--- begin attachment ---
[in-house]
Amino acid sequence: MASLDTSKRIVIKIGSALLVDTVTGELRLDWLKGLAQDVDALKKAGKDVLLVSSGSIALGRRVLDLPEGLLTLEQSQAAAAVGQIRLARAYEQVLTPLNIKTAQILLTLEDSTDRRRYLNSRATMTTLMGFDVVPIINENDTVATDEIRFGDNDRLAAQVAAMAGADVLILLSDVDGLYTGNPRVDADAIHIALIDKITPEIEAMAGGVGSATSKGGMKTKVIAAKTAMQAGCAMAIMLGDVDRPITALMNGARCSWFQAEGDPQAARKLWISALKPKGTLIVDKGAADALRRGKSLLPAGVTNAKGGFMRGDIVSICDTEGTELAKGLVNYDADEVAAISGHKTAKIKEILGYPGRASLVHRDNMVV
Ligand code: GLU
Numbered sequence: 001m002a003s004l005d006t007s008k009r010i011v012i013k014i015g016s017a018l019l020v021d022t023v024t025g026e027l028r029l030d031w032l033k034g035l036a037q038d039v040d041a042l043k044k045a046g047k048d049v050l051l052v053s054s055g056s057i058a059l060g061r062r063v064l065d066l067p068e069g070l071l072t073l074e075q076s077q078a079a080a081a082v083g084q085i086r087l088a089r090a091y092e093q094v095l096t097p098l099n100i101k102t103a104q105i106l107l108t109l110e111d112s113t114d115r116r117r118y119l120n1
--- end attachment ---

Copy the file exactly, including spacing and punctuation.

[in-house]
Amino acid sequence: MASLDTSKRIVIKIGSALLVDTVTGELRLDWLKGLAQDVDALKKAGKDVLLVSSGSIALGRRVLDLPEGLLTLEQSQAAAAVGQIRLARAYEQVLTPLNIKTAQILLTLEDSTDRRRYLNSRATMTTLMGFDVVPIINENDTVATDEIRFGDNDRLAAQVAAMAGADVLILLSDVDGLYTGNPRVDADAIHIALIDKITPEIEAMAGGVGSATSKGGMKTKVIAAKTAMQAGCAMAIMLGDVDRPITALMNGARCSWFQAEGDPQAARKLWISALKPKGTLIVDKGAADALRRGKSLLPAGVTNAKGGFMRGDIVSICDTEGTELAKGLVNYDADEVAAISGHKTAKIKEILGYPGRASLVHRDNMVV
Ligand code: GLU
Numbered sequence: 001m002a003s004l005d006t007s008k009r010i011v012i013k014i015g016s017a018l019l020v021d022t023v024t025g026e027l028r029l030d031w032l033k034g035l036a037q038d039v040d041a042l043k044k045a046g047k048d049v050l051l052v053s054s055g056s057i058a059l060g061r062r063v064l065d066l067p068e069g070l071l072t073l074e075q076s077q078a079a080a081a082v083g084q085i086r087l088a089r090a091y092e093q094v095l096t097p098l099n100i101k102t103a104q105i106l107l108t109l110e111d112s113t114d115r116r117r118y119l120n1